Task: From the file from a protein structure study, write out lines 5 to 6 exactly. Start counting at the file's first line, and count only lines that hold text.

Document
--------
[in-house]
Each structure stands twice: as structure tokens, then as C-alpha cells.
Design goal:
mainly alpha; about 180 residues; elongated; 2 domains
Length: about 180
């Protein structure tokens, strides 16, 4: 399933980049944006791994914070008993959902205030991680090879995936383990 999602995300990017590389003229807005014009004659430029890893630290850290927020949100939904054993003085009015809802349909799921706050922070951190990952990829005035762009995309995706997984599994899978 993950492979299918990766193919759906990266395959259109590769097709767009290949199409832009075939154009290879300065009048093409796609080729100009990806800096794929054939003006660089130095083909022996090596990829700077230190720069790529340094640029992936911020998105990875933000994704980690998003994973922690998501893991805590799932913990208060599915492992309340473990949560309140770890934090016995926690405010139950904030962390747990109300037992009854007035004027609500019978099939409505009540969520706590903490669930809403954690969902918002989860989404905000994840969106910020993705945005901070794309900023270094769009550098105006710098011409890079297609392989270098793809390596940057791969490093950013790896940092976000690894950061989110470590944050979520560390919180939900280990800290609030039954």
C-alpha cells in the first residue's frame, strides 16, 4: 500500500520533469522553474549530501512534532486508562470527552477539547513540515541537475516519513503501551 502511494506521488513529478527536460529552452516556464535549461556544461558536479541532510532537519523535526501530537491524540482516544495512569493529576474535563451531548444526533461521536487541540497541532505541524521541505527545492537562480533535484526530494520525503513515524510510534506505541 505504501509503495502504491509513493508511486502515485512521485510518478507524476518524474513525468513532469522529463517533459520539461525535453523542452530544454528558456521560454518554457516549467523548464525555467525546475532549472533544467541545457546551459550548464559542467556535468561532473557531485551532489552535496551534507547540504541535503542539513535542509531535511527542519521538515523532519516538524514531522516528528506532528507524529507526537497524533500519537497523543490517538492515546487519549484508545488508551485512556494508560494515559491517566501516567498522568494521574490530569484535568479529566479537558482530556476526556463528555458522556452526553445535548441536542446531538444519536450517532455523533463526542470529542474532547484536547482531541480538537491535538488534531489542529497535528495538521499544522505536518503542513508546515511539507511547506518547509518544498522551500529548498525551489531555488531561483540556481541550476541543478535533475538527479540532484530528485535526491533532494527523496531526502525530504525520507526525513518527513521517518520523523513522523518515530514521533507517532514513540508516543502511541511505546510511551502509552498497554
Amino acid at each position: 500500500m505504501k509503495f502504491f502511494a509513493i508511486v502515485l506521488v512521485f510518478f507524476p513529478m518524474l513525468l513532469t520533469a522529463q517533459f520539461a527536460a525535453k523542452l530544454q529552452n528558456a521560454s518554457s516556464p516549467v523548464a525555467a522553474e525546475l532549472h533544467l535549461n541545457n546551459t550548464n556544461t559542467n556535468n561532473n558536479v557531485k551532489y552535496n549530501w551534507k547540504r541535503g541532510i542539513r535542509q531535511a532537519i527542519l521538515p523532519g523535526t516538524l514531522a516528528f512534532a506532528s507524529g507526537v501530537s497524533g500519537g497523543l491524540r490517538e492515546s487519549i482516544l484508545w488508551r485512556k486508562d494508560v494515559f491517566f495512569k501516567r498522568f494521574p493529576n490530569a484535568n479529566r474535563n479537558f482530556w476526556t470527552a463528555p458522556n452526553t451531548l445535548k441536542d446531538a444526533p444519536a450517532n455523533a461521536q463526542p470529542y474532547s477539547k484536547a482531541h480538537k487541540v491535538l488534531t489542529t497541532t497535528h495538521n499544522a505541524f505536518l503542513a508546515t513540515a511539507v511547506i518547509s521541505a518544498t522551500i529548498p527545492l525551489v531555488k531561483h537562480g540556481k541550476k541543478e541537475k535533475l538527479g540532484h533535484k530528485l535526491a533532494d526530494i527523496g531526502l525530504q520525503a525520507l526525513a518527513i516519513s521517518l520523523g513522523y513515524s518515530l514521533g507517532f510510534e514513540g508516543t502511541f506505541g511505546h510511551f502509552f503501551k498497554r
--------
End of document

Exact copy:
Length: about 180
């Protein structure tokens, strides 16, 4: 399933980049944006791994914070008993959902205030991680090879995936383990 999602995300990017590389003229807005014009004659430029890893630290850290927020949100939904054993003085009015809802349909799921706050922070951190990952990829005035762009995309995706997984599994899978 993950492979299918990766193919759906990266395959259109590769097709767009290949199409832009075939154009290879300065009048093409796609080729100009990806800096794929054939003006660089130095083909022996090596990829700077230190720069790529340094640029992936911020998105990875933000994704980690998003994973922690998501893991805590799932913990208060599915492992309340473990949560309140770890934090016995926690405010139950904030962390747990109300037992009854007035004027609500019978099939409505009540969520706590903490669930809403954690969902918002989860989404905000994840969106910020993705945005901070794309900023270094769009550098105006710098011409890079297609392989270098793809390596940057791969490093950013790896940092976000690894950061989110470590944050979520560390919180939900280990800290609030039954």